View from the farm: Labeling GMOs, discouraging rBGH use put emotion over science

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The corn, soybeans and tobacco look pretty good on the home farm, but it’s been an otherwise bad summer for things like civility, politics and science.

Nationally, this summer the U.S. Congress passed a bill requiring mandatory labeling of food ingredients that come from genetically modified organisms (GMOs). The unintended consequences of labeling a scientifically-proven safe technology remain to be seen.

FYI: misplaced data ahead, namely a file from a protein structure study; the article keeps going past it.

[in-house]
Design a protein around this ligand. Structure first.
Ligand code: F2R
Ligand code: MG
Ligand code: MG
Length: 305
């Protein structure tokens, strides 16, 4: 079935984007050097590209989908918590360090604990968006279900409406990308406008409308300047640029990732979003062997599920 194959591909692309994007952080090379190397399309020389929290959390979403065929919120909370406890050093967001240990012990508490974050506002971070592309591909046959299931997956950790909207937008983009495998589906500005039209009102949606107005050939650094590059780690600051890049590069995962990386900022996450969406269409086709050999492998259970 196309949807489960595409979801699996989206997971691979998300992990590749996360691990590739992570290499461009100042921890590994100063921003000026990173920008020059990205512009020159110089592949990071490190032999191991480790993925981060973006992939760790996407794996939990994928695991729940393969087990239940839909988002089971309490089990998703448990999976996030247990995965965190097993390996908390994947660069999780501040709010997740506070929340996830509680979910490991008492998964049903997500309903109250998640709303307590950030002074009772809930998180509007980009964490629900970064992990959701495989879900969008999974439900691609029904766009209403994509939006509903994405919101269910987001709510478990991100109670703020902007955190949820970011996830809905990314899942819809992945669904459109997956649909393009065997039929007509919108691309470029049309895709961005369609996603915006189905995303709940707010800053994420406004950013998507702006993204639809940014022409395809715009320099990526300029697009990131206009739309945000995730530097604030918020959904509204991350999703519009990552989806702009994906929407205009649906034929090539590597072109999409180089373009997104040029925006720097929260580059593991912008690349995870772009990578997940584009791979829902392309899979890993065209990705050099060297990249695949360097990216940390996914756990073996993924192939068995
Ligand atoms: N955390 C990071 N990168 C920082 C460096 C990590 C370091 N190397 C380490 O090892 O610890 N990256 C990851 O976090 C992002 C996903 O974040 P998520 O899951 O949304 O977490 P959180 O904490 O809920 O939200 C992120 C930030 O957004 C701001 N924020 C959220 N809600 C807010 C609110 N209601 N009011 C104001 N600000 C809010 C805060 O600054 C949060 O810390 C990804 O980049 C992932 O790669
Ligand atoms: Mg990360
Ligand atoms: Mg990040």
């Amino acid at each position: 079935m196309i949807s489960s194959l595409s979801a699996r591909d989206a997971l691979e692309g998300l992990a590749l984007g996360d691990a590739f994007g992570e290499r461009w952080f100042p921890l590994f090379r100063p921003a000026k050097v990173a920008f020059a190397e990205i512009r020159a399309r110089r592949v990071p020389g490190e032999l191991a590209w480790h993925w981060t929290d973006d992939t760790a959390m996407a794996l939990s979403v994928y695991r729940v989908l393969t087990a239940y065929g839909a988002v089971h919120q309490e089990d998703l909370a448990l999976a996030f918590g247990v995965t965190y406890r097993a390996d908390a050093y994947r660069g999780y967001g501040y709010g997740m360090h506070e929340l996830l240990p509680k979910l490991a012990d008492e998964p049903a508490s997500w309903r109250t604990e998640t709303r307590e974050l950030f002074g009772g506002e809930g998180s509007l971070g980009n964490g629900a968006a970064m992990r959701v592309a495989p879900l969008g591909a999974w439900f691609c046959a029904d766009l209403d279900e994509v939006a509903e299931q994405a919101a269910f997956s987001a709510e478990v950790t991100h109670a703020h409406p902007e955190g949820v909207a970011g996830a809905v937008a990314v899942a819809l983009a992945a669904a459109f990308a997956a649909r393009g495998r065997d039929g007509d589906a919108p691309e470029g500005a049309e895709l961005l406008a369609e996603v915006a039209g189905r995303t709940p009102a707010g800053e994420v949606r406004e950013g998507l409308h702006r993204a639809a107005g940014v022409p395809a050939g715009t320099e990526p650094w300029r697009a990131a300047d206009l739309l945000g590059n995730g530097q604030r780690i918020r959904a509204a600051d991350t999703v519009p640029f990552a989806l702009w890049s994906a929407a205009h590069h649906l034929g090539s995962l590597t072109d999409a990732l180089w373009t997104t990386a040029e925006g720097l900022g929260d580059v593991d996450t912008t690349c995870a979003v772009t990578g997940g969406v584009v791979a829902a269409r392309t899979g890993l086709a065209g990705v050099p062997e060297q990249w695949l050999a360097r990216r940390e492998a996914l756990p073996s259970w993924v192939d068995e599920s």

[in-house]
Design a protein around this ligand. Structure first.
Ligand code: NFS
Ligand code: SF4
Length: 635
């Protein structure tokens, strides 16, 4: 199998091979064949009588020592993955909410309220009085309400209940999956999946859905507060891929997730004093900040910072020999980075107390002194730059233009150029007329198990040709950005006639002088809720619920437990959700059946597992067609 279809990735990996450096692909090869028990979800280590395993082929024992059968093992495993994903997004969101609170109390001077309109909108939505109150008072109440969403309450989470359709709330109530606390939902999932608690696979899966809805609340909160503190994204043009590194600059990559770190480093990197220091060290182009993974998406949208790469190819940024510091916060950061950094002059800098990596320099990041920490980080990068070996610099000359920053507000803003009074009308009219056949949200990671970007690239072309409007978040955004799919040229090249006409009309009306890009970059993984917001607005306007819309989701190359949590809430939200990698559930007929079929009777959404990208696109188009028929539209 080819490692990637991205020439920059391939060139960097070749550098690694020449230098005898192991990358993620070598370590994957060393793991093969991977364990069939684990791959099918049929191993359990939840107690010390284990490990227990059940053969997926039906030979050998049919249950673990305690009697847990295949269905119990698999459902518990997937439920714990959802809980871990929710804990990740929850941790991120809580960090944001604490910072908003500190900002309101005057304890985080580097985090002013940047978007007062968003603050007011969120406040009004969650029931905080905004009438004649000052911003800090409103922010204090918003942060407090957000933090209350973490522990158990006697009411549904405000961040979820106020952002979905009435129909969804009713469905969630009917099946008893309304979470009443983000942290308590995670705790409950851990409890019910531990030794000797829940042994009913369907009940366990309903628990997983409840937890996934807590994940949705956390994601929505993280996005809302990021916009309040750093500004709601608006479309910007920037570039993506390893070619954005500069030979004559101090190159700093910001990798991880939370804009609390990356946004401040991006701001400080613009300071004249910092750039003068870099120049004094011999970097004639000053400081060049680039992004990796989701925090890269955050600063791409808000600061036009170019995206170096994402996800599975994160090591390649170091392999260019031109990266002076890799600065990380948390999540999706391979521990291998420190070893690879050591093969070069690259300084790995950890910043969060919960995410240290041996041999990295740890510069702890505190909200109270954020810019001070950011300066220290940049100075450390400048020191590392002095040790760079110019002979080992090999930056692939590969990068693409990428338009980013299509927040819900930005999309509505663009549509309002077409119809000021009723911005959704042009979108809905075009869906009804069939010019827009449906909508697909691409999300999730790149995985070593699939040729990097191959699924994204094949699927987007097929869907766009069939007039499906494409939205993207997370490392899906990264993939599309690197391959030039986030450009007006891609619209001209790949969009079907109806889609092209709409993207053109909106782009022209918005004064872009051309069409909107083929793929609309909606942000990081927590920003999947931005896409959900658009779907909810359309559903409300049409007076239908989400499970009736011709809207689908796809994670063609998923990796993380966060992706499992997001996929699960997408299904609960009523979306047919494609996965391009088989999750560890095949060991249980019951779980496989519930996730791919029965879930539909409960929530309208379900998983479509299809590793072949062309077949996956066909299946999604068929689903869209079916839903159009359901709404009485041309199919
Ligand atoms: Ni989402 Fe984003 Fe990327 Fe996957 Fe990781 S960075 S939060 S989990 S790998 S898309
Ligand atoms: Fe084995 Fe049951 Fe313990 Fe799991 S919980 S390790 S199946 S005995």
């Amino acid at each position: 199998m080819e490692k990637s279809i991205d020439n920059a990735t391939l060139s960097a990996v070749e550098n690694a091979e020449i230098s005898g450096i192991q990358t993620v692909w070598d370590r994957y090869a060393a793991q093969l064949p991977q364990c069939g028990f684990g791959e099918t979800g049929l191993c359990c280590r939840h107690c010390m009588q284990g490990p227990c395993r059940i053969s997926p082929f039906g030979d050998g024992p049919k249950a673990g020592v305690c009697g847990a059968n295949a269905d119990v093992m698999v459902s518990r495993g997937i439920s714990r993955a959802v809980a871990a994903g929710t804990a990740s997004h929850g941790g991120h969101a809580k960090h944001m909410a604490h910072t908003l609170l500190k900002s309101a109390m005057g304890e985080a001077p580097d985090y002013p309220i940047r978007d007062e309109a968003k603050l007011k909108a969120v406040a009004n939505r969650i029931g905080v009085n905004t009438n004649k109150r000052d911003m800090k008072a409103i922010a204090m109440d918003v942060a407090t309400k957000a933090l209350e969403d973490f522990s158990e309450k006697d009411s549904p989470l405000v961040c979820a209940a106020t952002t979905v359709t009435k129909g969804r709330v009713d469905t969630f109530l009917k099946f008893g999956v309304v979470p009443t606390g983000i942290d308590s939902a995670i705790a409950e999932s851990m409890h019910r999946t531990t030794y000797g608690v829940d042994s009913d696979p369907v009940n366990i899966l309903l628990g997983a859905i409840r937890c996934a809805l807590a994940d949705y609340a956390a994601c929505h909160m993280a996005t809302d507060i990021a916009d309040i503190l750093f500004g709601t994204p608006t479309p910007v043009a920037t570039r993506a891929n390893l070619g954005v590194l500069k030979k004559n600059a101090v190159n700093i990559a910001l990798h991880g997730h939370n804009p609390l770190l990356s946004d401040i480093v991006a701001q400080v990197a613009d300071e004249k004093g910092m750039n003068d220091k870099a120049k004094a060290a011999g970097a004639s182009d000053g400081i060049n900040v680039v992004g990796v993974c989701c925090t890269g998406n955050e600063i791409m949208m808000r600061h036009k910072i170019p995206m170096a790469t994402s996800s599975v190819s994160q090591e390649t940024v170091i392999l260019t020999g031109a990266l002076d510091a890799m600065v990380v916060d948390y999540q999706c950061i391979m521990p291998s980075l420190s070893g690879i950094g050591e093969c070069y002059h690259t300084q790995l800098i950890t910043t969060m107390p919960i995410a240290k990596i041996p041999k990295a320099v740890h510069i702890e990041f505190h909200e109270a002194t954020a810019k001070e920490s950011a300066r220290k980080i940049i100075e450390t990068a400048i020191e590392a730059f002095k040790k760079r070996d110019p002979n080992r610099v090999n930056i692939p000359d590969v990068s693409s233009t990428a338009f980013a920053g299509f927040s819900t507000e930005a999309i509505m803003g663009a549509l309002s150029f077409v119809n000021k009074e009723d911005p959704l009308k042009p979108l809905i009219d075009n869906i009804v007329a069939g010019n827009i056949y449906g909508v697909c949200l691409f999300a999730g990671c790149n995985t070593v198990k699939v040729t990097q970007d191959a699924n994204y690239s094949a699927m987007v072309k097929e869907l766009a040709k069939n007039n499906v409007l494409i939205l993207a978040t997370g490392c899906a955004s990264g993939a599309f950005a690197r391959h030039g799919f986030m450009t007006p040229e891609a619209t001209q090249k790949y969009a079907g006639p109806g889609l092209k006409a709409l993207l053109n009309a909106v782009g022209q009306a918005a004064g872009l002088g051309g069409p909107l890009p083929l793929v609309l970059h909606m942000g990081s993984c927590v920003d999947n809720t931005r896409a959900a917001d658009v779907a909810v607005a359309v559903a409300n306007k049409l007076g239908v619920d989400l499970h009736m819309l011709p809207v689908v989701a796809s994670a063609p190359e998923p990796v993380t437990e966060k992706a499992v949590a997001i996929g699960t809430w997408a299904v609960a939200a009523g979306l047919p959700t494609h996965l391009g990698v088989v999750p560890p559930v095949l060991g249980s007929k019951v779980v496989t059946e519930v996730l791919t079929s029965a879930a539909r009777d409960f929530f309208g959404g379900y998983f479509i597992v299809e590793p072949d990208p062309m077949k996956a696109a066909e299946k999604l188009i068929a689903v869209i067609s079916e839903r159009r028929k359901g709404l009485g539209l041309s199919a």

In the Midwest, another battle is brewing over a scientifically-safe technology used by dairy farmers.

It has received scant attention, but some dairy processors are notifying farmers that they will no longer accept milk from cows given rBST (bovine somatotropin) to boost their milk production.


… the timing couldn’t be worse for dairy farmers who want to keep using this management tool.

It’s time someone calls out these bans for being anti-small-farm.

Ironically, the very people who propose such bans claim to support small farms. They must not realize that by penalizing small farms they are encouraging large-scale agriculture they so loudly oppose.

The GLP aggregated and excerpted this blog/article to reflect the diversity of news, opinion and analysis. Read full, original post: Langan: A bad summer for science down on the farm

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